Commands and UI

Today was a big source code check-in day. I sent well over 50 files to be checked into our source code control system, and I will be here late sending off a lot more. What kind of things did I change? Well, one of the most asked for features is the ability to add different UI types to a CommandBar, and with different settings.


For example, today when you call Commands.AddNamedCommand we will create a command. You can then add UI to a command bar for that command with the Command.AddControl method. But that UI element is always a button, not combo boxes, not menu controllers (the split drop-down button like that for the undo / redo command), etc. The change for Whidbey allows you to specify which control type should be used. This is the enum that contains the different control types available (this list is subject to change, either with the addition or subtraction of additional elements):


    enum vsCommandControlType


        vsCommandControlTypeSeparator = 1,

        vsCommandControlTypeButton = 2,

        vsCommandControlTypeMenuButton = 4,

        vsCommandControlTypeSwatch = 8,

        vsCommandControlTypeSplitDropDown = 16,

        vsCommandControlTypeDropDownCombo = 32,

        vsCommandControlTypeMRUCombo = 64,

        vsCommandControlTypeDynamicCombo = 128

    } vsCommandControlType;


The second problem that people have with the AddNamedCommand/AddControl combination is in how all commands you create have both text and a picture, you cannot change the UI to have just text, just the bitmap, etc. This is the enum that we have defining the different types available (again, subject to change):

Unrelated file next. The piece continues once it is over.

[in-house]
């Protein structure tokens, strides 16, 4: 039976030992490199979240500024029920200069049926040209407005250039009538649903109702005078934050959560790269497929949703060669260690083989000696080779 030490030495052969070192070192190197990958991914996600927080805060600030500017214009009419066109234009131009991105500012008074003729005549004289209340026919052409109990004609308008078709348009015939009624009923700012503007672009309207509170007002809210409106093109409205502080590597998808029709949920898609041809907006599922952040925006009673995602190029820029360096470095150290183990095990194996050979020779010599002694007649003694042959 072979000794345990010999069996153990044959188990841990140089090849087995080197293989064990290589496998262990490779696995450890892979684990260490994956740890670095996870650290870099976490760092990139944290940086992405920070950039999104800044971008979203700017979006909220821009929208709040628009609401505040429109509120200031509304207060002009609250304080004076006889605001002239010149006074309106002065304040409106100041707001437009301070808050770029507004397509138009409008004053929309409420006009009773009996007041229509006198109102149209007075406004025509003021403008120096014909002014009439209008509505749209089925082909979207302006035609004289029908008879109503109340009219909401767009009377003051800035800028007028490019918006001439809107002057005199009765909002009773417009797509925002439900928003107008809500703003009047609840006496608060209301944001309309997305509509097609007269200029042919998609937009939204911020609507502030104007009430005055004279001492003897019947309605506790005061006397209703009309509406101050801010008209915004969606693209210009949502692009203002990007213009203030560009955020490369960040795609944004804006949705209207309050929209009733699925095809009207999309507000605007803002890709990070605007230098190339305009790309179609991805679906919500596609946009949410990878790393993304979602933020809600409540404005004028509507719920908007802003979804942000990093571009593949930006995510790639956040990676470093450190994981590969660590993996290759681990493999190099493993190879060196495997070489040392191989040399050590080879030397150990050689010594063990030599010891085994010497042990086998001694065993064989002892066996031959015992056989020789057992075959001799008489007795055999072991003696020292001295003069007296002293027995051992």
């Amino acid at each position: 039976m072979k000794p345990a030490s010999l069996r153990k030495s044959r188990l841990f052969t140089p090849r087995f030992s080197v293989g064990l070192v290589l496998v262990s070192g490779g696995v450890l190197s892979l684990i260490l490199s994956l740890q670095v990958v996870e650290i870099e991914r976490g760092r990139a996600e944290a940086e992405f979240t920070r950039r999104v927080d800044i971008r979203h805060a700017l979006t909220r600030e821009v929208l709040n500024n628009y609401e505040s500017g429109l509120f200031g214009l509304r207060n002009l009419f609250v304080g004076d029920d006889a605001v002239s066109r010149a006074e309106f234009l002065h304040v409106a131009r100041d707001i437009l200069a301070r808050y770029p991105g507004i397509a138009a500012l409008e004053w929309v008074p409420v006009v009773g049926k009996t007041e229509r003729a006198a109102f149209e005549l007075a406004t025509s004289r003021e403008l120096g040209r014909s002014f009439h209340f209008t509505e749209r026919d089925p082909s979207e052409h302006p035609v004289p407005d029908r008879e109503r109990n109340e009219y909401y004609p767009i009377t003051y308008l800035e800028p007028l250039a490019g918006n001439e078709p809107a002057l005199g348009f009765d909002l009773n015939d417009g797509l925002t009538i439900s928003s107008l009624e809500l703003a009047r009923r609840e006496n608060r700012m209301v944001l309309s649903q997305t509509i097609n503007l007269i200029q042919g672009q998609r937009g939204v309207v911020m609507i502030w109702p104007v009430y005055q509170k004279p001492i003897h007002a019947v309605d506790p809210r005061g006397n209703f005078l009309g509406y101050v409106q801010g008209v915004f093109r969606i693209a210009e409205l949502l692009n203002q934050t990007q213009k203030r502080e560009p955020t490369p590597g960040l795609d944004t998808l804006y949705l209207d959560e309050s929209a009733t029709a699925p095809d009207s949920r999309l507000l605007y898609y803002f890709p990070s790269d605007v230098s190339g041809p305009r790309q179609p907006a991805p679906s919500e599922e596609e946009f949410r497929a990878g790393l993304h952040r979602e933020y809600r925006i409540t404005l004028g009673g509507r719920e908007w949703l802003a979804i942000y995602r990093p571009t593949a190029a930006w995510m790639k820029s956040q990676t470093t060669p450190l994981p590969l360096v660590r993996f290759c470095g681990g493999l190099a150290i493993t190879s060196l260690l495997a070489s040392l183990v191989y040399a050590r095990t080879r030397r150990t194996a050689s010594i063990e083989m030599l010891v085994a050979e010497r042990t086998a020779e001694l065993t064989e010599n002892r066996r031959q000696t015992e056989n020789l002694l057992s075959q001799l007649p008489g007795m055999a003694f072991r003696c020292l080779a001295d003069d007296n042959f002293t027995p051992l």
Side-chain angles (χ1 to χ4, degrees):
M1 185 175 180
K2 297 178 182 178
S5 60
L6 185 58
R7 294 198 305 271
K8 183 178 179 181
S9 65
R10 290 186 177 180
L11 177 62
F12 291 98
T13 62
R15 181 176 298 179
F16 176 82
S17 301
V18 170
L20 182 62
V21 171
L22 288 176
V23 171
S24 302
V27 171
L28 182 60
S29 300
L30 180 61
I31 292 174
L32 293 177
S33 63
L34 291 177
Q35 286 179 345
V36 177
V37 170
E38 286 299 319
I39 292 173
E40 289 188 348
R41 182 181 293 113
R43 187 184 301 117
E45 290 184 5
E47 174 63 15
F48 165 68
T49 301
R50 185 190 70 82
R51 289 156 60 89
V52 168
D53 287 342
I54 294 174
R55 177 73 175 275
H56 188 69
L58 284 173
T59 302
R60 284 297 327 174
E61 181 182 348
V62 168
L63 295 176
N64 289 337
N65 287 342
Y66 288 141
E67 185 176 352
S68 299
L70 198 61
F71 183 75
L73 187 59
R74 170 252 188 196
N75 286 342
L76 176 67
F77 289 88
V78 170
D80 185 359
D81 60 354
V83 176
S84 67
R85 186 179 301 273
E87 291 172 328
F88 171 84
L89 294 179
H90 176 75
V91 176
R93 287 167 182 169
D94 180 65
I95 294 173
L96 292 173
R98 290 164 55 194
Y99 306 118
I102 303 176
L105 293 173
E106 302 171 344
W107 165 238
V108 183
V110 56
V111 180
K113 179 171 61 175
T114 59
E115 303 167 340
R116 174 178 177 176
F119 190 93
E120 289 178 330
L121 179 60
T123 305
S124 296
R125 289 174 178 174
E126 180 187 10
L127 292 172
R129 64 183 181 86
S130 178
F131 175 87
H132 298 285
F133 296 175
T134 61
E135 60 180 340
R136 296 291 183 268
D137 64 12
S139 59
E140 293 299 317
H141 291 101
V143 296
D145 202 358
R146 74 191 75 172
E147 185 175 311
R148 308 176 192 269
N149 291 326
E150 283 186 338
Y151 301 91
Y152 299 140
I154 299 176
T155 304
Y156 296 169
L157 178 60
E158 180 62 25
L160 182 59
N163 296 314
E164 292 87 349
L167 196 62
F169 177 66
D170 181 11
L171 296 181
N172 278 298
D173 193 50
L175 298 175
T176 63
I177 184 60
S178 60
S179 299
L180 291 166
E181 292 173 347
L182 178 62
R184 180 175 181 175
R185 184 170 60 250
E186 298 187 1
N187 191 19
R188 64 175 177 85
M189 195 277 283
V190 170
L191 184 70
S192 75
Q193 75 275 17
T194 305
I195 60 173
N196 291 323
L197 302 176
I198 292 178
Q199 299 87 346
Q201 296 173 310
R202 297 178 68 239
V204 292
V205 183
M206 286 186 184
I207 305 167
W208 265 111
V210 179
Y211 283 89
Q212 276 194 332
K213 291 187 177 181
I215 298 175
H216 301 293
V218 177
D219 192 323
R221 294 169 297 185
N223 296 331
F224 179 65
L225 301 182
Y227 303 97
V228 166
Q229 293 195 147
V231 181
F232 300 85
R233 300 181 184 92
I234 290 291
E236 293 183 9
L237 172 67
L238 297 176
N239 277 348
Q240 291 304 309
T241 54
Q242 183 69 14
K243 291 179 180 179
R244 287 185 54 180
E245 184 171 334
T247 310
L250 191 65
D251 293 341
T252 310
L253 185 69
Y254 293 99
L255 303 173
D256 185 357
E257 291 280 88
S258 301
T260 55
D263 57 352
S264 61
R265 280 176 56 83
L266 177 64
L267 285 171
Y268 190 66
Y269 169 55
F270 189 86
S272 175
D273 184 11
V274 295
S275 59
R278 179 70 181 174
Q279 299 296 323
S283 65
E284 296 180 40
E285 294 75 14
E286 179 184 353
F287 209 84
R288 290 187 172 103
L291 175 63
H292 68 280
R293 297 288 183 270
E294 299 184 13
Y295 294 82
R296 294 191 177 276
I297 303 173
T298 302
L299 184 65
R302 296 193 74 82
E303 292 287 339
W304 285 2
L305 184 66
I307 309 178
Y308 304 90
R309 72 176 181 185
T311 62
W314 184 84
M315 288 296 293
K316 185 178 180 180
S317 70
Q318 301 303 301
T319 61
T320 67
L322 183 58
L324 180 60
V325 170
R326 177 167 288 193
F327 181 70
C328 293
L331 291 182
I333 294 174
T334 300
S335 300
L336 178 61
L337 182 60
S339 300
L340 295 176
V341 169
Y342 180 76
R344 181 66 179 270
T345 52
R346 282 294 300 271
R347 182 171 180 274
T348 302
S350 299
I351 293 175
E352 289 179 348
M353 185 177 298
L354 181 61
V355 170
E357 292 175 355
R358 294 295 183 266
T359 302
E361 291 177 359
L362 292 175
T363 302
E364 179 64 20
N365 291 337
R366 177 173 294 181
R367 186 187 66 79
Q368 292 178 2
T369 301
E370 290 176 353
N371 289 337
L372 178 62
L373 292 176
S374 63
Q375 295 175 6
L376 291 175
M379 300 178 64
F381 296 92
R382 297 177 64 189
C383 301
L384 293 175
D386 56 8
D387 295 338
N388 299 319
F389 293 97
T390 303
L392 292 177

enum vsCommandStyle


        vsCommandStylePict = 1,

        vsCommandStyleText = 2,

        vsCommandStylePictAndText = 3,

        vsCommandStyleContextUseButton = 4,

        vsCommandStyleTextMenuUseButton = 8,

        vsCommandStyleTextMenuControlUseMenu = 16,

        vsCommandStyleTextCascadeUseButton = 32,

        vsCommandStyleComboNoAutoComplete = 64,

        vsCommandStyleComboCaseSensitive = 128

    } vsCommandStyle;


Of course, we have fixed a number of the usability problems developers would have when developing Add-ins. In versions of VS prior to Whidbey, if you would run the Add-in wizard, press F5, then kill the debugged process, you command would be lost and you would need to run devenv /setup to reset the state (which would also reset any of your customizations). We changed when we save data saying that the UISetup stage of your Add-in ran from startup to shutdown, fixing this common problem. We also decided today on a few other enhancements to make developing Add-ins easier, stay tuned for more details…